The next morning we drove into town for our appointment at 10 am to leave for our whitewater rafting excursion. We joined a French family in a van and they drove us to the point in the Tara River where we would set off. The drive was beautiful. When we arrived they gave us waterproof pants and shoes, lifejackets and helmets for the kids. They sat our boys in the middle of the raft and the adults on the edge with paddles. Dane, our guide, instructed us. It was my first time rafting, but since I used to do lots of canoeing, it didn’t seem unfamiliar and all those long-underused muscles remembered what to do. Just a note – the summer months are easiest with children because the water is lower and the rapids much slower. The spring/early summer must be much more exciting with the high water levels and fast rapids. We would love to come back in the spring sometime when the kids are older and do a two-day (overnight) trip to the Bosnian border. We did a two-hour trip and rafted for 15 km. It was beautiful – blue skies, sunshine, clear water. Absolutely stunning and we all loved it. Our 4-year old, who had been protesting that morning saying he was scared, was having the time of his life and laughing all the way. He can’t wait to go again. I highly recommend a rafting excursion – it’s so much fun. They drove us back to Žabljak, we had lunch in town and then drove through an area beyond the Savin kuk, where the eroded mountains are incredibly dramatic. It would have been beautiful to have hiked through here, but you can also get a pretty good view driving. Since our youngest had fallen asleep in his carseat after our rafting adventure, this option made sense for us. We came back in the evening and were immediately waved over by the neighbors to ask about our rafting and to offer homemade fruit juice (best I have ever had) and rakija. Later, we had a fantastic dinner with our hosts and then joined them and the neighbors for another round of badminton. We’ll be sorry to leave tomorrow morning – our stay in Žabljak has been so lovely and we met so many nice people who made our stay so much more special (always one of the nicest aspects of travelling). A truly beautiful area. I highly recommend a visit to this beautiful corner of Montenegro.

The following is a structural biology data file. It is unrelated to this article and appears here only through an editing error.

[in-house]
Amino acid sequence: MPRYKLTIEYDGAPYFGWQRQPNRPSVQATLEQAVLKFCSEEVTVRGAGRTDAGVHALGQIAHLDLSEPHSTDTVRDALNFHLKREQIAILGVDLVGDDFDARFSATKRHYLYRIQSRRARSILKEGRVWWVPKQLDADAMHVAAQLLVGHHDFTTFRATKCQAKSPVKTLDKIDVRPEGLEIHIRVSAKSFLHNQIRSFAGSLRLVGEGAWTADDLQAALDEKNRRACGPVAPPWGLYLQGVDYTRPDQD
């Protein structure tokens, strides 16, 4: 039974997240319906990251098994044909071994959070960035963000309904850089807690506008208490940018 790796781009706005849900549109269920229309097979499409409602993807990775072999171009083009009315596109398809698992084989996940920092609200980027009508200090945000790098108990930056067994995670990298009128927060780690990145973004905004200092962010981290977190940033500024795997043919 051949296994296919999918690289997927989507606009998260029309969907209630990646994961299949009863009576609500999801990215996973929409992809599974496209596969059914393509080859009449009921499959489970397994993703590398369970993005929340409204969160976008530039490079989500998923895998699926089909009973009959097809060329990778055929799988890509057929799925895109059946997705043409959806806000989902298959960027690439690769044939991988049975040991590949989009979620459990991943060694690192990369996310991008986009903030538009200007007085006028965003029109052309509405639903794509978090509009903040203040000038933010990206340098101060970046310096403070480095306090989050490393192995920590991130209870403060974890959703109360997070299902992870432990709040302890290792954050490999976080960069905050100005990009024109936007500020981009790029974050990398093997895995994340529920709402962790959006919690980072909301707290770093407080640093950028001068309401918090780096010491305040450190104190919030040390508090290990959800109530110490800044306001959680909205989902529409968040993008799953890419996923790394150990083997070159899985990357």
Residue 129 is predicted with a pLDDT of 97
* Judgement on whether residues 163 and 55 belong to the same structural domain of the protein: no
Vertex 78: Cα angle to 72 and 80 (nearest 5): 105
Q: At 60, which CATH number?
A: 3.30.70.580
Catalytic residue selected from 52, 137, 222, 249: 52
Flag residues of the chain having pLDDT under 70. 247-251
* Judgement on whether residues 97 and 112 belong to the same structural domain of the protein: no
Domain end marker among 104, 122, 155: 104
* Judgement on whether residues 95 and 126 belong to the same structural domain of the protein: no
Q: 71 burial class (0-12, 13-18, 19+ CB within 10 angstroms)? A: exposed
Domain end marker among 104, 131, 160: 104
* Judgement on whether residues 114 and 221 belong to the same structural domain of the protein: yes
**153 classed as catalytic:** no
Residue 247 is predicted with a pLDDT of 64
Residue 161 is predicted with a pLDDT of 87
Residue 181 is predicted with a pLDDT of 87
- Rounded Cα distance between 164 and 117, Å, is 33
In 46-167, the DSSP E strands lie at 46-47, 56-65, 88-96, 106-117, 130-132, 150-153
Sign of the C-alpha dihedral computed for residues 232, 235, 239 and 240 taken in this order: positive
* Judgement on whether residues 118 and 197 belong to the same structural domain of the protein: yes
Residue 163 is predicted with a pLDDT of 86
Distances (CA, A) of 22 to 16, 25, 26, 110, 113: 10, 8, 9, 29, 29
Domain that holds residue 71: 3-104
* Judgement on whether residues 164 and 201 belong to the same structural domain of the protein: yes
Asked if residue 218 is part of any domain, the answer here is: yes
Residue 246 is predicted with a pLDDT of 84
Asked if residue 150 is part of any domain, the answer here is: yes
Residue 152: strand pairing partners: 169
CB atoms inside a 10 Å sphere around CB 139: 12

Next up: Last installment – last days in the Boka kotorska.

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    Days 20 – 24 Perast (Boka kotorska) – Last days
    Rijeka Crnojevića- Kotor – Perčanj – Luštica – Mirišta- Rose –Šušanj

    Our hosts spoiled us even further with a send-off of palačinky (crêpes) for breakfast, with either Nutella or fresh blueberry jam filling. Delicious. The drive back to Perast took us first east to Mojkovac – quite good roads through a beautiful canyon and then south through the Morača canyon (a road we know quite well by now) to Podgorica. At our kids’request, we stopped yet again at the fish pond at the Morača Monastery to have lunch.
    As we neared Podgorica, we decided to take a short detour to see the small town of Rijeka Crnojevića. We hadn’t had time to visit it when we spent a day at Skadar Lake, but it is a cute little place definitely worth the trip. The road from the highway to the town was really stunning, with lovely views over the river and the Skadar Lake. We stopped whenever we could on the small road to see the views down below (great wild figs grew along the road, too). It is a very lush landscape. The Balkan music we had playing on our radio definitely added to the atmosphere. We had already eaten, but this is a popular place to go for lunch and dinner, especially when the weather is as beautiful as we enjoyed that day. The old bridge for the town is very picturesque and it made a nice stop on our long drive.
    The roads are all familiar to us now, but it was a long trip from Žabljak back to Perast. Nevertheless, we were happy to be back again. This time we were staying in the Hotel Conte ( ). This is a nice hotel on the first line of houses along the sea and just off of the town’s main square. We opted for the small apartments, which are quite convenient for families (separate bedroom, living room with a pull-out bed, kitchenette). The apartments were all newly refurbished. They are located behind the hotel, up flights of stairs of the old town. This was fine for us, but it might not be for everyone. We had a lovely view of the sea and the town from our little balcony just behind the church tower.